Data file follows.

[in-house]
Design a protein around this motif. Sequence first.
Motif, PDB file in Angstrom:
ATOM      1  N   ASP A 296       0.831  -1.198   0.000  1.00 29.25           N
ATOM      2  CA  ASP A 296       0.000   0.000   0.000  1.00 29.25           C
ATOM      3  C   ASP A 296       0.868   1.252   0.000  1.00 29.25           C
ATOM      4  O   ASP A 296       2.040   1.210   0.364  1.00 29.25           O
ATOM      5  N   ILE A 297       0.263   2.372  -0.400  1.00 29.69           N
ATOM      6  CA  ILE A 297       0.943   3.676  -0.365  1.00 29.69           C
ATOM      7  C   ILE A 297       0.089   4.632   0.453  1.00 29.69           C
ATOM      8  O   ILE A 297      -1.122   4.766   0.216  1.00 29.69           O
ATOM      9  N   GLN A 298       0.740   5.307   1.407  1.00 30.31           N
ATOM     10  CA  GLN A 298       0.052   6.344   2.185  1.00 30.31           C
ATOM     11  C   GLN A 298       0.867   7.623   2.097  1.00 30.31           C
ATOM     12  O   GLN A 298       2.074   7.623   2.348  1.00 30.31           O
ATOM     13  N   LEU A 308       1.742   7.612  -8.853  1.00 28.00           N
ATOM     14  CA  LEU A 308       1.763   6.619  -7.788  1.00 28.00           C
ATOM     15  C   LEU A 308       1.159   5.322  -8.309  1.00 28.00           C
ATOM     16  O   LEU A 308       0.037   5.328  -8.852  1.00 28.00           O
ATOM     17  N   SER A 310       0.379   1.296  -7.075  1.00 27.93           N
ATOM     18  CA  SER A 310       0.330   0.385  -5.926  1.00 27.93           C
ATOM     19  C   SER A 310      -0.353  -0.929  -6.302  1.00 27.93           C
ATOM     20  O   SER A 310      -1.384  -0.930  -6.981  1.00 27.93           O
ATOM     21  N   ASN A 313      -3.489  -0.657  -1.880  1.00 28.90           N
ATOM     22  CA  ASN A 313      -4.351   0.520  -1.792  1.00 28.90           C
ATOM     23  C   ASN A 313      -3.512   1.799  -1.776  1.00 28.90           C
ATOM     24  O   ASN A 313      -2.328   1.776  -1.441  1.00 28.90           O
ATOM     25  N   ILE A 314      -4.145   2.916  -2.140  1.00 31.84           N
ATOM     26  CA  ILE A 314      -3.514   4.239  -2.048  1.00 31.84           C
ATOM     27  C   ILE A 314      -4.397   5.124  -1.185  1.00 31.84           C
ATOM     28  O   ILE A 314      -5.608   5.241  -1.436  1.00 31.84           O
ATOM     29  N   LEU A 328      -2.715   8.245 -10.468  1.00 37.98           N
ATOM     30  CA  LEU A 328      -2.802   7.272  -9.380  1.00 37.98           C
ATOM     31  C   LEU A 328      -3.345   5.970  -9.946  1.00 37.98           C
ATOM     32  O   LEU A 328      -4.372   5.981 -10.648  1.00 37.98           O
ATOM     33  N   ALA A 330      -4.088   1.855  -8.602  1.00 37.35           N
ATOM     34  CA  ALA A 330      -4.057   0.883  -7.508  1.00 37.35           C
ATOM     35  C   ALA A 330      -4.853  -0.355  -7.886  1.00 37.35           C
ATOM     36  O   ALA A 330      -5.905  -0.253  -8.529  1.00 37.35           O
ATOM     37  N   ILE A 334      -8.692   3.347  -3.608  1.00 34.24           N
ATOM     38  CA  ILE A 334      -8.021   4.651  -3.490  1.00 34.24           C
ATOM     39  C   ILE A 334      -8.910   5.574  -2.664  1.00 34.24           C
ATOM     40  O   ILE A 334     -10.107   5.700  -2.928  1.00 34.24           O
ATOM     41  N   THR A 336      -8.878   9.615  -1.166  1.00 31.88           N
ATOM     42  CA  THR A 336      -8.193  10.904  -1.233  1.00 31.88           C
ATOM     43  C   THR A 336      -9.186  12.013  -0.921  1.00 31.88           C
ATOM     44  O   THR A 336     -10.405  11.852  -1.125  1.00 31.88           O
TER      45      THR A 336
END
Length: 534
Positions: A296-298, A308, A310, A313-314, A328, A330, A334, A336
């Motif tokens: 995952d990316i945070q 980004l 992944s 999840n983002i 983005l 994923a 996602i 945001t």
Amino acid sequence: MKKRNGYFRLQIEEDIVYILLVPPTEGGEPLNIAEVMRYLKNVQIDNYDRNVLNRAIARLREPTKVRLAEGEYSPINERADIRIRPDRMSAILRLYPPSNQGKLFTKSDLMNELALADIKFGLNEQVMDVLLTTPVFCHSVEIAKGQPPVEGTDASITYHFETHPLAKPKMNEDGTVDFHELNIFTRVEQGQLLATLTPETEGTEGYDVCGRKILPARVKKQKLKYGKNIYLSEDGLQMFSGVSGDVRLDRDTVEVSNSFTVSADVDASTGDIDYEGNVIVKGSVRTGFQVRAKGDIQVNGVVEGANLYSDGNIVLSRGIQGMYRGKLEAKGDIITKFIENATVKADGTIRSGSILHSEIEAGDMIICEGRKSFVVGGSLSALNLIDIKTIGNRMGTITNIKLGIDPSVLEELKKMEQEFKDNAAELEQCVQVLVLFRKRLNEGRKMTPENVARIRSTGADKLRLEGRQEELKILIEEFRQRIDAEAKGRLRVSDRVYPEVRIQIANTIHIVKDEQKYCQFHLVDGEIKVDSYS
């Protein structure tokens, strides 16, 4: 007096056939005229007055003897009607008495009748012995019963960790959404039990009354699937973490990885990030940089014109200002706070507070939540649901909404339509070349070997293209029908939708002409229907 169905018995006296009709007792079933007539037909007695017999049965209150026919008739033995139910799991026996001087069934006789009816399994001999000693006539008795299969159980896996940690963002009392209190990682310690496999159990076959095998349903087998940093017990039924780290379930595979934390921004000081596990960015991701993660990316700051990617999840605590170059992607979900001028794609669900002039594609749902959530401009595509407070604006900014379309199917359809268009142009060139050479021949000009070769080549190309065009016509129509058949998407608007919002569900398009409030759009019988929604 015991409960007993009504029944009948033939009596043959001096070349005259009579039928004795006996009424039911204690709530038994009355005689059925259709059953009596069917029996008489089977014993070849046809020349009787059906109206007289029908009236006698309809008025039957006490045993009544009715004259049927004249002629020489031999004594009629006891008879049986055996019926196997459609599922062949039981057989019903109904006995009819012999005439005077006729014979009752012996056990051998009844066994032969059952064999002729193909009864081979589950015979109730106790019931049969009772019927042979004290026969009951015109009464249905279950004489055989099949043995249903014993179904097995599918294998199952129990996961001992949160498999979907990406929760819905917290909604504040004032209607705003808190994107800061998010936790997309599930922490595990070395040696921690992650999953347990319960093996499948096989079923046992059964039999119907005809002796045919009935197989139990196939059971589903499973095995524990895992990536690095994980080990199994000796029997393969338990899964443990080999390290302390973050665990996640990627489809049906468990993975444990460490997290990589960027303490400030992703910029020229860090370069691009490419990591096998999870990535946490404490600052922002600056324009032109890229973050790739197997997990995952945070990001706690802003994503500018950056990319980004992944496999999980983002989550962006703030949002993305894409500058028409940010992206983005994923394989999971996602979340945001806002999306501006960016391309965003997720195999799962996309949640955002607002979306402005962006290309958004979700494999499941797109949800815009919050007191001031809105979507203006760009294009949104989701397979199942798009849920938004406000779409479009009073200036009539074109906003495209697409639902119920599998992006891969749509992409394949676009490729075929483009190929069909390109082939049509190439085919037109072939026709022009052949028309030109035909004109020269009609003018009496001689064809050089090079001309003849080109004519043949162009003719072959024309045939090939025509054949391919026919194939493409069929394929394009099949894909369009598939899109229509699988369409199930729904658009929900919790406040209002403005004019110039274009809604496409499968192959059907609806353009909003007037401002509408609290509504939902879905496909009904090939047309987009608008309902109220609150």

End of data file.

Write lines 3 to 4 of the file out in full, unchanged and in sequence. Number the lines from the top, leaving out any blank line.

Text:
Motif, PDB file in Angstrom:
ATOM      1  N   ASP A 296       0.831  -1.198   0.000  1.00 29.25           N